This brings us to Advanced Micro Devices (AMD), which reports after Tuesday’s close, and Nvidia (NVDA), which reports in mid-August. These two could put the final major imprint on sector earnings until mid-September, when Micron (MU) is expected to report.
Figure 1: ROLLING WITH THE PUNCHES: After getting slammed in May when trade talks with China broke down, the PHLX Semiconductor Index (candlestick) came charging back to post new highs. It’s far outpacing the S&P 500 Index (purple line) since late May, as this year-to-date chart shows. Data Sources: Philadelphia Stock Exchange, S&P Dow Jones Indices. Chart source: The thinkorswim® platform from TD Ameritrade. For illustrative purposes only. Past performance does not guarantee future results.
Advanced Micro Devices Earnings and Options Activity
Last time out, AMD said Q2 revenue would be approximately $1.52 billion, plus or minus $50 million, an increase of approximately 19% sequentially and a decrease of approximately 13% year-over-year.
The company expects the sequential increase to be driven by growth across all businesses. The year-over-year decrease is expected to be primarily driven by lower graphics channel sales, negligible blockchain-related GPU revenue and lower semi-custom revenue.
In Q1, AMD cited “significant gross margin expansion as Ryzen and EPYC processor and data center GPU revenue more than doubled year-over-year,” and also touted coming launches of its next-generation 7nm PC, gaming, and data center products.
However, Q1 revenue fell 23% year-over-year, the company said, primarily due to lower revenue in the Computing and Graphics segment. Revenue was down 10% quarter-over-quarter primarily due to lower client processor sales.
Investors might want to look for potential updates on some of the products mentioned above when AMD holds its analyst call. The other question is whether the company sees improved outlook in the second half for data center sales. A data center is a large group of networked computer servers typically used by organizations for the remote storage, processing, or distribution of large amounts of data.
AMD shares are up 23% since the company reported Q1 earnings.
When AMD releases results, it is expected to report adjusted EPS of $0.08, down from $0.14 in the prior-year quarter, on revenue of $1.52 billion, according to third-party consensus analyst estimates. That revenue would represent a 13.2% drop from a year ago.
Options traders have priced in approximately an 8% stock price move in either direction around the upcoming earnings release, according to the Market Maker Move indicator on the thinkorswim® platform. Implied volatility was at the 30th percentile as of this morning.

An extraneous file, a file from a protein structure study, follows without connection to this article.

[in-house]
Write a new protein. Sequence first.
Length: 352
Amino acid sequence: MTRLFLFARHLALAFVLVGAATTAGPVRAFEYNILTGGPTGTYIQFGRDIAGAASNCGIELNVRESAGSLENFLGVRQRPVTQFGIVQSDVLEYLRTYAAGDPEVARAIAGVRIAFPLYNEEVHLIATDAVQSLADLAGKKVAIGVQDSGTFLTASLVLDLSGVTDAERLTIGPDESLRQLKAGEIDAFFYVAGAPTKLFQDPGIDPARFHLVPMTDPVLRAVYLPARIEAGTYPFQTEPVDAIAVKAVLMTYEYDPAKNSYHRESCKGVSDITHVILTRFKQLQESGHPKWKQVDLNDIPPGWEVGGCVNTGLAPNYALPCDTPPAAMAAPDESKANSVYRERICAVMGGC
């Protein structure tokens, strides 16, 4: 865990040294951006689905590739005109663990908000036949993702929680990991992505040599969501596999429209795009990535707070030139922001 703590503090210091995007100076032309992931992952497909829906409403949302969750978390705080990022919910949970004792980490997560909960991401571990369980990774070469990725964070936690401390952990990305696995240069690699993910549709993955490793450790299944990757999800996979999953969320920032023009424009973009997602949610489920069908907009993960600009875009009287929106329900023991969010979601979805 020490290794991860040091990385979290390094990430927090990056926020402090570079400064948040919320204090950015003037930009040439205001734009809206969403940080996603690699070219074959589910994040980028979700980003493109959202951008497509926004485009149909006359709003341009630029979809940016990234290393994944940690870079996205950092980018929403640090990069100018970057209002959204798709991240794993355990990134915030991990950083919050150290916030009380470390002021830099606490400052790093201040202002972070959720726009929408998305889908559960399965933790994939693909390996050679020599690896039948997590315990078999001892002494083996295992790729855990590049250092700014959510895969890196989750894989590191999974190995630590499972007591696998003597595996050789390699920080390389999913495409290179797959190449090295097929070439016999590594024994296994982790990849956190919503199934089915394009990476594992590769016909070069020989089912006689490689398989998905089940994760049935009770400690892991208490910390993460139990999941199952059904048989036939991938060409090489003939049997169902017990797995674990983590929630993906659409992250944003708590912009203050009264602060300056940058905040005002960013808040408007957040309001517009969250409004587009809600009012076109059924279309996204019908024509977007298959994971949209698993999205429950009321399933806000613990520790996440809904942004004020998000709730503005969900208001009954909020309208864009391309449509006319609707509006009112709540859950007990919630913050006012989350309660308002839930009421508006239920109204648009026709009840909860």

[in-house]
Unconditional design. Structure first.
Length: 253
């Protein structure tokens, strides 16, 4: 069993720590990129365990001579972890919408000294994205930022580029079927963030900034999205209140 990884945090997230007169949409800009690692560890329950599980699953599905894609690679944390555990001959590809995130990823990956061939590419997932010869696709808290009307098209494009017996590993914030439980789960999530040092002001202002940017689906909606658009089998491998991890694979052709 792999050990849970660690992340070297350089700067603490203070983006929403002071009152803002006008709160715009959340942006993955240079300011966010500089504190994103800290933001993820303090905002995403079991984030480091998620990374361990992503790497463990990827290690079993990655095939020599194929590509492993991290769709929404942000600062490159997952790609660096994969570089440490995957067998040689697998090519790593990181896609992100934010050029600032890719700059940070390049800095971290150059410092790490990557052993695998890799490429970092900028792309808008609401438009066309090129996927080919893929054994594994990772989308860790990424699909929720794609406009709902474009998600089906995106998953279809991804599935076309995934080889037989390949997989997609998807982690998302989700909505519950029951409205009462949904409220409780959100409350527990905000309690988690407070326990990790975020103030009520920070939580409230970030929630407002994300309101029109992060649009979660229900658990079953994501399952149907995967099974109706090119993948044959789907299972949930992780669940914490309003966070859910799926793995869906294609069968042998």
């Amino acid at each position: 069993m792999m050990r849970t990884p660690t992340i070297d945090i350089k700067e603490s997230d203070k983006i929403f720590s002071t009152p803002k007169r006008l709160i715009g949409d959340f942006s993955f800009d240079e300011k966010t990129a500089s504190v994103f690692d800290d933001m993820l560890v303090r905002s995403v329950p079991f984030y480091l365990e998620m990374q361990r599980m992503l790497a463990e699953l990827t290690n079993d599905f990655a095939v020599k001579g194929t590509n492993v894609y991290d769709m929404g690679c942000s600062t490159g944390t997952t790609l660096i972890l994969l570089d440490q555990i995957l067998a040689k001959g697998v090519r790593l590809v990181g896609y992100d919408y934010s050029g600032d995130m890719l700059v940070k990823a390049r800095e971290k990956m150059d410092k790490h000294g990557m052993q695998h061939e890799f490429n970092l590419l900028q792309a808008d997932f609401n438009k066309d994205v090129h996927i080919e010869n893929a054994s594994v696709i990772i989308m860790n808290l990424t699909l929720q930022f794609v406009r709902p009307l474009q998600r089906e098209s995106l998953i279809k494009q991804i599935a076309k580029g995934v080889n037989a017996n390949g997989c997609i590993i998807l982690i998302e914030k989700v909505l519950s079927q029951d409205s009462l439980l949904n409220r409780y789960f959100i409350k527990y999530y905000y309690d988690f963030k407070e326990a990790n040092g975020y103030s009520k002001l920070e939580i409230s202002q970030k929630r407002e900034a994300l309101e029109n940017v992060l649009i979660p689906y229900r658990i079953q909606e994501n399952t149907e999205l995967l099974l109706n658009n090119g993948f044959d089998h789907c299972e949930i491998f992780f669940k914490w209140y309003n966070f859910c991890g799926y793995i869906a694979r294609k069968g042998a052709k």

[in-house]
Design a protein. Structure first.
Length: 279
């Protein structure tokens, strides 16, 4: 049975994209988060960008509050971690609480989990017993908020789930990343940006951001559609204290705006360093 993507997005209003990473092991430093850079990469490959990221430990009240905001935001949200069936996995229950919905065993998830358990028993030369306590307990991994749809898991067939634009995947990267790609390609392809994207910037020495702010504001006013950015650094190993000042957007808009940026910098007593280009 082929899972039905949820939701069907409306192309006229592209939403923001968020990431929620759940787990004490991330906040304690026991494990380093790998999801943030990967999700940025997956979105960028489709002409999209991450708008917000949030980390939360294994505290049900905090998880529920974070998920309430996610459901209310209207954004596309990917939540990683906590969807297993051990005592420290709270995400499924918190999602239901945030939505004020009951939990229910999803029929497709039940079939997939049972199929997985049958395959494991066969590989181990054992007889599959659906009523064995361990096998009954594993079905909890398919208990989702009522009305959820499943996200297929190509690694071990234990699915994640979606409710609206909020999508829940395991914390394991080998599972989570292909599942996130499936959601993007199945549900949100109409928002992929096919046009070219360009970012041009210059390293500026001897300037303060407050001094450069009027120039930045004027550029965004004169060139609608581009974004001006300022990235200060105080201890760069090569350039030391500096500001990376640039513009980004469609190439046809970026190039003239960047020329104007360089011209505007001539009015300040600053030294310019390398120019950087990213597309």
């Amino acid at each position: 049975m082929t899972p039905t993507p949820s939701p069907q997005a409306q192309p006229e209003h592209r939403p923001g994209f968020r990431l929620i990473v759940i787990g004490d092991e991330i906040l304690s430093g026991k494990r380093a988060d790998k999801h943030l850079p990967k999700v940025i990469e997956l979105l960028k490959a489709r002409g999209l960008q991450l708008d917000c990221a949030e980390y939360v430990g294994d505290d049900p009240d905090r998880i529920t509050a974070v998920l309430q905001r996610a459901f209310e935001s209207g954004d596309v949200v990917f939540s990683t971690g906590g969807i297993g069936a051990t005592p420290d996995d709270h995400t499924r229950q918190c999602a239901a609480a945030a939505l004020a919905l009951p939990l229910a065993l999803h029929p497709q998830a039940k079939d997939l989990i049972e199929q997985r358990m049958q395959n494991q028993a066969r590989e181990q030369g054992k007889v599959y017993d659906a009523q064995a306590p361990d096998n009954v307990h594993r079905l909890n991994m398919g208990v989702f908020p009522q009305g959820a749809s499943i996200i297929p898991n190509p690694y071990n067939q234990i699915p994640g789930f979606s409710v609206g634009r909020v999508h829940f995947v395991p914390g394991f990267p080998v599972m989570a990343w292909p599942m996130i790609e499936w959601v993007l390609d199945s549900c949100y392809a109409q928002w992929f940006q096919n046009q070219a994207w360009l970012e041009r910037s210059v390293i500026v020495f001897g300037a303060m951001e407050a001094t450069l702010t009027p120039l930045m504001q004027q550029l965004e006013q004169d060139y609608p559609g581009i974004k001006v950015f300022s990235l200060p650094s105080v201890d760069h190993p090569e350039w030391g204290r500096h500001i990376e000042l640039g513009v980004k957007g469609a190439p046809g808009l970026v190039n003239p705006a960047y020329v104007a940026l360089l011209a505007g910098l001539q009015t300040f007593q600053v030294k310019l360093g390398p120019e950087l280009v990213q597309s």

Looking at the Aug. 2 weekly option expiration, call activity has been high at the 34, 35 and 36 strikes, while put volume is highest at 33 and 32.
Note: Call options represent the right, but not the obligation, to buy the underlying security at a predetermined price over a set period of time. Put options represent the right, but not the obligation to sell the underlying security at a predetermined price over a set period of time.
When NVDA last reported, it left investors in the dark about what might happen in the second half. The company beat Street estimates for Q1 fiscal 2020 earnings per share, but didn’t reiterate previous full fiscal-year guidance. It appears that lack of clarity on data center demand might be why NVDA refrained from guiding investors.
“The data center spending pause around the world will likely persist in the second quarter and visibility remains low,” NVDA said on the earnings call.
Revenue from data centers—Nvidia’s second-largest business segment—fell 10% to $634 million in Q1 from a year earlier. That was worse than analysts had expected.
However, NVDA also said the company is “back on an upward trajectory,” and has returned to growth in gaming.
On the Q2 call, it might also be instructive to hear how NVDA executives view things in China, and for any update on the data center business. The analyst community expects NVDA to report on Aug. 15 after the close.
For Q2 of the company’s fiscal 2020, NVDA forecast revenue of $2.55 billion, plus or minus 2%. For fiscal 2020 as a whole, the company had originally forecast revenue flat to down a bit. However, it didn’t reiterate that in its Q1 call or press release, so any update for the second half is likely to get a close look from investors.
When NVDA releases results, it is expected to report adjusted EPS of $1.14, down from $1.94 in the prior-year quarter, on revenue of $2.54 billion, according to third-party consensus analyst estimates. That revenue would represent an 18.5% decline from the same quarter a year ago.